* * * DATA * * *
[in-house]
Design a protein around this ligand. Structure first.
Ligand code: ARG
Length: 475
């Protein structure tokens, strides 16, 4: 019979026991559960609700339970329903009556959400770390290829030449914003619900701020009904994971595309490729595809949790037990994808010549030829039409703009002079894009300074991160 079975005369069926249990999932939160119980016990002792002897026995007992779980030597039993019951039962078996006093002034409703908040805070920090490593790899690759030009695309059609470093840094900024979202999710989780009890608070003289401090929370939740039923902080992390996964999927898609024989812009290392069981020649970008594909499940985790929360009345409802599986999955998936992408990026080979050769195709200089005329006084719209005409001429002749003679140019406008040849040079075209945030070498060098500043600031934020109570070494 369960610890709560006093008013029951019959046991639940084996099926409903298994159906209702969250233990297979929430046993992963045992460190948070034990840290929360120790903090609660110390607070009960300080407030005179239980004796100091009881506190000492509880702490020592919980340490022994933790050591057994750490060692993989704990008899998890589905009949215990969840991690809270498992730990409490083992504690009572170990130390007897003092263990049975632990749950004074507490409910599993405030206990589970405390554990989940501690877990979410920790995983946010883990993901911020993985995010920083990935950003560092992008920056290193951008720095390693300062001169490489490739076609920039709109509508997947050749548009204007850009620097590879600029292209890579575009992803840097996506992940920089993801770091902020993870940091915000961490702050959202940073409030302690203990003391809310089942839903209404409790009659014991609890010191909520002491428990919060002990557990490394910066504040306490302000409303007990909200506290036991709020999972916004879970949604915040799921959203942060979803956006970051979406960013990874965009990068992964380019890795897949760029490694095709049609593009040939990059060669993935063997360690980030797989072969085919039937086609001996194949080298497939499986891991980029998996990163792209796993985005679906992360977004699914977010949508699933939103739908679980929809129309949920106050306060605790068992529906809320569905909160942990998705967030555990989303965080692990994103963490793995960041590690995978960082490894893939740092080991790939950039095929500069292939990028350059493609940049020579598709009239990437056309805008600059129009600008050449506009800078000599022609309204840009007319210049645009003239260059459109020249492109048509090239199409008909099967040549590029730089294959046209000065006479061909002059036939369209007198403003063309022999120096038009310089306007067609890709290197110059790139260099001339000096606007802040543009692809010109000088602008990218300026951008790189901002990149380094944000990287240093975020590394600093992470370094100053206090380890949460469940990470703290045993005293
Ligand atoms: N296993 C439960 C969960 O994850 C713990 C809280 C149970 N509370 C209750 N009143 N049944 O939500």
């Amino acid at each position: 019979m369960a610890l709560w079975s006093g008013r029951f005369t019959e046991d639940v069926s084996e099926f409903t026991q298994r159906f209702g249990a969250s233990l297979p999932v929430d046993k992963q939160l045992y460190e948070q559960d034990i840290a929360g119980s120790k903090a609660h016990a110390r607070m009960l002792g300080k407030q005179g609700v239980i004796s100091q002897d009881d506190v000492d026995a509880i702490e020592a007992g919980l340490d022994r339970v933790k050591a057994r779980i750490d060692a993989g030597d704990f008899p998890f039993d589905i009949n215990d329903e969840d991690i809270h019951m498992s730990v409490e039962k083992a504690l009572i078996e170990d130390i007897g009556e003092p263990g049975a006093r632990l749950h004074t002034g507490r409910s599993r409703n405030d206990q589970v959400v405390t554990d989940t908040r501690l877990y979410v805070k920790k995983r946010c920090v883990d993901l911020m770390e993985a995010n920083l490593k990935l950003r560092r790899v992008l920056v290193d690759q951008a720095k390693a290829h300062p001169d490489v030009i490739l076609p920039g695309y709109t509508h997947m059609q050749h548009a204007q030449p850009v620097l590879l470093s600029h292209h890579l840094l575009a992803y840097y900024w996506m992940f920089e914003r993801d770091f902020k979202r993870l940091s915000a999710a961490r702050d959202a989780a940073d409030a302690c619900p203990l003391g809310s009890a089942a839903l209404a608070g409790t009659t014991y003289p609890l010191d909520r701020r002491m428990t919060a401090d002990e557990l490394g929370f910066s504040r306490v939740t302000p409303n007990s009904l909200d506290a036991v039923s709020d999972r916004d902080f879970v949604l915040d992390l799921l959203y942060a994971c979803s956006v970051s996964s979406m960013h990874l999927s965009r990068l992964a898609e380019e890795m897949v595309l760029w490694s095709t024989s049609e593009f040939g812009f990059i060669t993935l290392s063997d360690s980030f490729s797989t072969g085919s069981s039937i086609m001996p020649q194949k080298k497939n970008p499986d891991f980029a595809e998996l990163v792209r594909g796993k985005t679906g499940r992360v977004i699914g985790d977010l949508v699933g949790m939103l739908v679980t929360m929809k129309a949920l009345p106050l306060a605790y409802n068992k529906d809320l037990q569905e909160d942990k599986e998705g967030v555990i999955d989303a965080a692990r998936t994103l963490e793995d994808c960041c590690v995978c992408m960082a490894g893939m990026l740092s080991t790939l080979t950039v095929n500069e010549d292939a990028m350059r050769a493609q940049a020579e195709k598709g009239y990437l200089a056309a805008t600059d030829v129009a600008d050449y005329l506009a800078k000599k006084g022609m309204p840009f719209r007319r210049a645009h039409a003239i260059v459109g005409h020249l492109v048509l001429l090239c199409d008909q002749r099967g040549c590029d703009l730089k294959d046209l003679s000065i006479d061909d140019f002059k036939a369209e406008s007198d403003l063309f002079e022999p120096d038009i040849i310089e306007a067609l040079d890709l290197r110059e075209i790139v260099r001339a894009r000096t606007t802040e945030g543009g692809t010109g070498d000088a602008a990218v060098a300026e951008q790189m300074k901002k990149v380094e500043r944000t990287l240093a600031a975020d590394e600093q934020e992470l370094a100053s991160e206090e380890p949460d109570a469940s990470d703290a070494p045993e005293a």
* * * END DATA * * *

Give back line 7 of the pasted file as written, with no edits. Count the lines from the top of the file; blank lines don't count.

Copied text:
């Amino acid at each position: 019979m369960a610890l709560w079975s006093g008013r029951f005369t019959e046991d639940v069926s084996e099926f409903t026991q298994r159906f209702g249990a969250s233990l297979p999932v929430d046993k992963q939160l045992y460190e948070q559960d034990i840290a929360g119980s120790k903090a609660h016990a110390r607070m009960l002792g300080k407030q005179g609700v239980i004796s100091q002897d009881d506190v000492d026995a509880i702490e020592a007992g919980l340490d022994r339970v933790k050591a057994r779980i750490d060692a993989g030597d704990f008899p998890f039993d589905i009949n215990d329903e969840d991690i809270h019951m498992s730990v409490e039962k083992a504690l009572i078996e170990d130390i007897g009556e003092p263990g049975a006093r632990l749950h004074t002034g507490r409910s599993r409703n405030d206990q589970v959400v405390t554990d989940t908040r501690l877990y979410v805070k920790k995983r946010c920090v883990d993901l911020m770390e993985a995010n920083l490593k990935l950003r560092r790899v992008l920056v290193d690759q951008a720095k390693a290829h300062p001169d490489v030009i490739l076609p920039g695309y709109t509508h997947m059609q050749h548009a204007q030449p850009v620097l590879l470093s600029h292209h890579l840094l575009a992803y840097y900024w996506m992940f920089e914003r993801d770091f902020k979202r993870l940091s915000a999710a961490r702050d959202a989780a940073d409030a302690c619900p203990l003391g809310s009890a089942a839903l209404a608070g409790t009659t014991y003289p609890l010191d909520r701020r002491m428990t919060a401090d002990e557990l490394g929370f910066s504040r306490v939740t302000p409303n007990s009904l909200d506290a036991v039923s709020d999972r916004d902080f879970v949604l915040d992390l799921l959203y942060a994971c979803s956006v970051s996964s979406m960013h990874l999927s965009r990068l992964a898609e380019e890795m897949v595309l760029w490694s095709t024989s049609e593009f040939g812009f990059i060669t993935l290392s063997d360690s980030f490729s797989t072969g085919s069981s039937i086609m001996p020649q194949k080298k497939n970008p499986d891991f980029a595809e998996l990163v792209r594909g796993k985005t679906g499940r992360v977004i699914g985790d977010l949508v699933g949790m939103l739908v679980t929360m929809k129309a949920l009345p106050l306060a605790y409802n068992k529906d809320l037990q569905e909160d942990k599986e998705g967030v555990i999955d989303a965080a692990r998936t994103l963490e793995d994808c960041c590690v995978c992408m960082a490894g893939m990026l740092s080991t790939l080979t950039v095929n500069e010549d292939a990028m350059r050769a493609q940049a020579e195709k598709g009239y990437l200089a056309a805008t600059d030829v129009a600008d050449y005329l506009a800078k000599k006084g022609m309204p840009f719209r007319r210049a645009h039409a003239i260059v459109g005409h020249l492109v048509l001429l090239c199409d008909q002749r099967g040549c590029d703009l730089k294959d046209l003679s000065i006479d061909d140019f002059k036939a369209e406008s007198d403003l063309f002079e022999p120096d038009i040849i310089e306007a067609l040079d890709l290197r110059e075209i790139v260099r001339a894009r000096t606007t802040e945030g543009g692809t010109g070498d000088a602008a990218v060098a300026e951008q790189m300074k901002k990149v380094e500043r944000t990287l240093a600031a975020d590394e600093q934020e992470l370094a100053s991160e206090e380890p949460d109570a469940s990470d703290a070494p045993e005293a």